Eating Together As A Family Creates
Better Eating Habits Later In Life
Eating together as a family during adolescence is associated
with lasting positive effects on dietary quality in young adulthood,
according to researchers at the University of Minnesota.
More than 1,500 students were surveyed once during high school
and again when they were 20 years old to determine the long-term
effects of family meals on diet quality, social eating, meal
structure and meal frequency. Participants were asked questions
such as how often they ate family meals, how much they enjoyed
sitting down to a meal with family or friends, if they had a
tendency to eat on the run and how often they ate breakfast,
lunch and dinner.
The researchers found eating family meals together during adolescence
resulted in adults who ate more fruit, dark-green and orange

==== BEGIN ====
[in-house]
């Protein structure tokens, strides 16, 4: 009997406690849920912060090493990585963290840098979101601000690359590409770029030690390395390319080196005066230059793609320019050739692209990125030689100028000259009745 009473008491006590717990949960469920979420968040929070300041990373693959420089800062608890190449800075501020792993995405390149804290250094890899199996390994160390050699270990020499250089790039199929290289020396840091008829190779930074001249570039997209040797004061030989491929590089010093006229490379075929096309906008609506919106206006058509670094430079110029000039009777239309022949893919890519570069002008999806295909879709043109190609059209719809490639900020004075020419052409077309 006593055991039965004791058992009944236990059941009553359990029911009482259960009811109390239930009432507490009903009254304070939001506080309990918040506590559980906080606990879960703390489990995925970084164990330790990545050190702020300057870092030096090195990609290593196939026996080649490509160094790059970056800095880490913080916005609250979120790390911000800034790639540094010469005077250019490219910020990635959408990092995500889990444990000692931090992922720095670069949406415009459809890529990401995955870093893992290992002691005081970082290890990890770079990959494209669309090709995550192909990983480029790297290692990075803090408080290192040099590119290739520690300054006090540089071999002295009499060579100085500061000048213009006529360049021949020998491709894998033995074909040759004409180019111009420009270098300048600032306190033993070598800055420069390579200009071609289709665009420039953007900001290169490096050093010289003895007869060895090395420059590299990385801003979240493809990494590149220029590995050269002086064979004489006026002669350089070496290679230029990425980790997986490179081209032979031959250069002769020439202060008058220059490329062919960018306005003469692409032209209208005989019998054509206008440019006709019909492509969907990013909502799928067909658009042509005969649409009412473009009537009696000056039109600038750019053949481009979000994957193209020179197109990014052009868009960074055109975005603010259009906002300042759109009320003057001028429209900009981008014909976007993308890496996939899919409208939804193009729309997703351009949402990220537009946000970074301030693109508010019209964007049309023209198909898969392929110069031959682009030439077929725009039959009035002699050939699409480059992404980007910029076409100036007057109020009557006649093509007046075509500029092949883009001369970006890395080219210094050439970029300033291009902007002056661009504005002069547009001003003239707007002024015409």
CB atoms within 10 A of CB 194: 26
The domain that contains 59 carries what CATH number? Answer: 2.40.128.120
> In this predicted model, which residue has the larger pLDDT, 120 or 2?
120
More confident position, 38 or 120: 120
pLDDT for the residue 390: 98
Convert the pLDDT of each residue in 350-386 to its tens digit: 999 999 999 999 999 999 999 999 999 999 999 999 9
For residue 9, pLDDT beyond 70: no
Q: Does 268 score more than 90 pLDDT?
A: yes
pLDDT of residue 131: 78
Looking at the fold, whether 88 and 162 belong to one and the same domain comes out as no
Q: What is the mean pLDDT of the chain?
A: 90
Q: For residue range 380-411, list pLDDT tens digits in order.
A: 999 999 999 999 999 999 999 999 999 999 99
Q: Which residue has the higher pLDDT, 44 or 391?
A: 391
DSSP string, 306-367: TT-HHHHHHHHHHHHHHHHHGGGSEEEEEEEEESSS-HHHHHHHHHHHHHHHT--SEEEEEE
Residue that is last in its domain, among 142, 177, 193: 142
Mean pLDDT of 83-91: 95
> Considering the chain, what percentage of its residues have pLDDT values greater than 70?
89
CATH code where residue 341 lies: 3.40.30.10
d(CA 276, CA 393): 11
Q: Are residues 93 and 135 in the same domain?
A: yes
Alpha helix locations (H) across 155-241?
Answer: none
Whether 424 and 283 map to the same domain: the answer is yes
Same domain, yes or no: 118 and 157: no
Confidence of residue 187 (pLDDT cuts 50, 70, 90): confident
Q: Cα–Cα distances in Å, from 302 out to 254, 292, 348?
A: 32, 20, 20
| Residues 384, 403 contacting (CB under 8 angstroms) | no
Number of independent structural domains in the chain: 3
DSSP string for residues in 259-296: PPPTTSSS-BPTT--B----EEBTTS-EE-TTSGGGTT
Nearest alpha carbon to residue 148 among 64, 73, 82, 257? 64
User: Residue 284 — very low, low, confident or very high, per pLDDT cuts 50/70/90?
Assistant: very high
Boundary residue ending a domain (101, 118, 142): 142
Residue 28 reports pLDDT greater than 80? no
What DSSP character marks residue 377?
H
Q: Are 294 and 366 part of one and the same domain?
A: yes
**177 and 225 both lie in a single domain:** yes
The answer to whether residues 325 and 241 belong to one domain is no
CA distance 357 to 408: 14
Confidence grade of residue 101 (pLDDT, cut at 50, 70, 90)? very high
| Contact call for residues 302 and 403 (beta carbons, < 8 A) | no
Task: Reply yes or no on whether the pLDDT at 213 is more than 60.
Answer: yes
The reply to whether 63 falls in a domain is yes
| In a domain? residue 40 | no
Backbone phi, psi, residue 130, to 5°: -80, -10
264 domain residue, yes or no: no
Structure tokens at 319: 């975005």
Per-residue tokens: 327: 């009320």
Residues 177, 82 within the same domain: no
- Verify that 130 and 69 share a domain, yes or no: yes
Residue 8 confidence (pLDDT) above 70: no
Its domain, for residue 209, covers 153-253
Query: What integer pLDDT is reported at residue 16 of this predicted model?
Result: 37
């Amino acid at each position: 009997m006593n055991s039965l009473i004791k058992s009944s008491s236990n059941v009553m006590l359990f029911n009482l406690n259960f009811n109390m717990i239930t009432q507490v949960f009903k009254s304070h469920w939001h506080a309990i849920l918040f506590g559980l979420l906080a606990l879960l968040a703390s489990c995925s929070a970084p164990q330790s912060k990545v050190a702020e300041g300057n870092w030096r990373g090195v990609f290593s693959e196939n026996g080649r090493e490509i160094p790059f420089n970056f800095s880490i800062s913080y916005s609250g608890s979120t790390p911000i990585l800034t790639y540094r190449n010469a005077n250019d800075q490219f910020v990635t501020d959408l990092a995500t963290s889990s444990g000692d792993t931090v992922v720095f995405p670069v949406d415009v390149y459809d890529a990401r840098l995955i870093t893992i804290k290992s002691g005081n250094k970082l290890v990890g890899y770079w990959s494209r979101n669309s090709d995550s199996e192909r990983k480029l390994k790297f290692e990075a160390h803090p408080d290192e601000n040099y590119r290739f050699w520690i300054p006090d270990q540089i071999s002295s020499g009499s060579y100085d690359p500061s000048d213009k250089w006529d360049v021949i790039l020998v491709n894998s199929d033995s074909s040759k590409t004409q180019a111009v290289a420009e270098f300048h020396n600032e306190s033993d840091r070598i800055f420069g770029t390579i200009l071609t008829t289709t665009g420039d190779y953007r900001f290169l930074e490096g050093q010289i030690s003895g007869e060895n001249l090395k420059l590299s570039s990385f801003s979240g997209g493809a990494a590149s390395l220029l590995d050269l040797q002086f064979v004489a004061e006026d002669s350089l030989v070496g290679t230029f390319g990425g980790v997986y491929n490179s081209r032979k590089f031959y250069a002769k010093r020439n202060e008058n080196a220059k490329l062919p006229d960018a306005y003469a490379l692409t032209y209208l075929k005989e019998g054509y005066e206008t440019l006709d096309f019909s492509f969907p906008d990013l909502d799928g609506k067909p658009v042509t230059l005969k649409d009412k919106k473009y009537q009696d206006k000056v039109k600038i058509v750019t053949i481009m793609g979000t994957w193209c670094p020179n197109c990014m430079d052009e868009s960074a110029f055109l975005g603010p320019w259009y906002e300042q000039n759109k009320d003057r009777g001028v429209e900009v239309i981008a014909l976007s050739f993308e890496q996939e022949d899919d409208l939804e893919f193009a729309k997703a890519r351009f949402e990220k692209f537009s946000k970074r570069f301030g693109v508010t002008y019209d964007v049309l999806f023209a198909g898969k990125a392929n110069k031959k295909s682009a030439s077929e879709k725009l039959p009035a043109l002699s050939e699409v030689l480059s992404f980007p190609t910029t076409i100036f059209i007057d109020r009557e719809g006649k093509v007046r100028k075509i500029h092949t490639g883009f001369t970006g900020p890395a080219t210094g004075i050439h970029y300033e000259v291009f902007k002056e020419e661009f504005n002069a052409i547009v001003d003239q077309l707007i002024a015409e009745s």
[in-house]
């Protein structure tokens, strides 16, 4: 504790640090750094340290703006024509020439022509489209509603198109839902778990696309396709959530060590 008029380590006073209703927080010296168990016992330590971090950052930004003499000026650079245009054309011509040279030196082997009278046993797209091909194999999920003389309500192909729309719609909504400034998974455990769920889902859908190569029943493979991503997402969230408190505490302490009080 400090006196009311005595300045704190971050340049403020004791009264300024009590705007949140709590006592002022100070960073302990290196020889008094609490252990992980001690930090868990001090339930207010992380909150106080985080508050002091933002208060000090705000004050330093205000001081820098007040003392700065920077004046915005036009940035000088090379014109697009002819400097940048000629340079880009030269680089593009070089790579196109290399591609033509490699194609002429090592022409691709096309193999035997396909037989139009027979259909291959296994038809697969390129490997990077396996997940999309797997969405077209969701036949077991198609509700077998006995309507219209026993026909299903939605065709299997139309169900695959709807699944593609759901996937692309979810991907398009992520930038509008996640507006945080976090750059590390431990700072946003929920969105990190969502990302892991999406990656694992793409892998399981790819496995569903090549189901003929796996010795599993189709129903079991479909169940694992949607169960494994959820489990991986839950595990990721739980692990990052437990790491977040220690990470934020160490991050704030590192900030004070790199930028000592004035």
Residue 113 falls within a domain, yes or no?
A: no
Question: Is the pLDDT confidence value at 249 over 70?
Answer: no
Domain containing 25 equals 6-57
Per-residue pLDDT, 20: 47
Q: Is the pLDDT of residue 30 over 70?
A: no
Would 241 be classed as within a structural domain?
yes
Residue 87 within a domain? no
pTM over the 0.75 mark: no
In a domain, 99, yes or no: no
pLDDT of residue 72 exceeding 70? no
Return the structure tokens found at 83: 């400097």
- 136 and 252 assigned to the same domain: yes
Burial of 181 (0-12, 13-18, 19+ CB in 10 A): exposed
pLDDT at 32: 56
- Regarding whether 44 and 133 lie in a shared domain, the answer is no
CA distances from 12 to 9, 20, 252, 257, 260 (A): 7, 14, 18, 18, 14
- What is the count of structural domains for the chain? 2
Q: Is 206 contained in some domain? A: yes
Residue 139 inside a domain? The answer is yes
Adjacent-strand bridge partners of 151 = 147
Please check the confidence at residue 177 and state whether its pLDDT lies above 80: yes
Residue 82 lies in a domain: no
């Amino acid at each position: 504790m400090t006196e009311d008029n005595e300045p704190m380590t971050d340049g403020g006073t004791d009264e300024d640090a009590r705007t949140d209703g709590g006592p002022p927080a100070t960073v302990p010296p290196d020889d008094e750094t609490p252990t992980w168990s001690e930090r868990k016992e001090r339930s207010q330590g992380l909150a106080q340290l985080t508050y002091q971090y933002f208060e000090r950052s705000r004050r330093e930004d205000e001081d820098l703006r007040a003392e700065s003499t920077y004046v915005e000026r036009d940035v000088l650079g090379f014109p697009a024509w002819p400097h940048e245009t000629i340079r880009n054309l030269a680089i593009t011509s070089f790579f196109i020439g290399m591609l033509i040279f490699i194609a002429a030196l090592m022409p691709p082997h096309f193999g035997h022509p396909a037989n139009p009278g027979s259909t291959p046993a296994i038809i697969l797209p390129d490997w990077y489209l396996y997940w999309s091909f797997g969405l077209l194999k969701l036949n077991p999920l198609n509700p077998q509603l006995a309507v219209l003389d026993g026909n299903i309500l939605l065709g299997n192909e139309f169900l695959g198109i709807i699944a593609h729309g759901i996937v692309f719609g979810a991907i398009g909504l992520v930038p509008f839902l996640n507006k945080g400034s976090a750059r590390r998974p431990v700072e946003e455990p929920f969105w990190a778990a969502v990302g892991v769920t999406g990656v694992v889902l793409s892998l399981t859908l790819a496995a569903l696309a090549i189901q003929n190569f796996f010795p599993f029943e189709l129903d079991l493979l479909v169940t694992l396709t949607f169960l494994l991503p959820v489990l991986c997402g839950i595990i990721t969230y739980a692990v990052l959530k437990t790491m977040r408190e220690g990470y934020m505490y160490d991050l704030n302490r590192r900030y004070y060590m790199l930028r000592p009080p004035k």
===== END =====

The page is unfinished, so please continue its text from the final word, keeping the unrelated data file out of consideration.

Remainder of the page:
vegetables and key nutrients, and drank less soft drinks. Frequency
of family meals predicted females would eat breakfast as adults.
For both sexes, frequency of family meals as adolescents predicted
eating dinner more frequently as adults, placing a higher priority
on structured meals and a higher priority on social eating.
For women, eating together as a family more often during adolescence
meant significantly higher daily intakes as adults of calcium,
magnesium, potassium, vitamin B6 and fiber. Among males, eating
as a family more during adolescence predicted higher intakes
of calcium, magnesium, potassium and fiber as adults.
"Results of this study suggest that having more family
meals during adolescence is associated with improved diet quality
during young adulthood," the researchers say. "Food
and nutrition professionals should encourage families to share
meals as often as practically possible."
Note: This story has been adapted from a news release issued
by American Dietetic Association.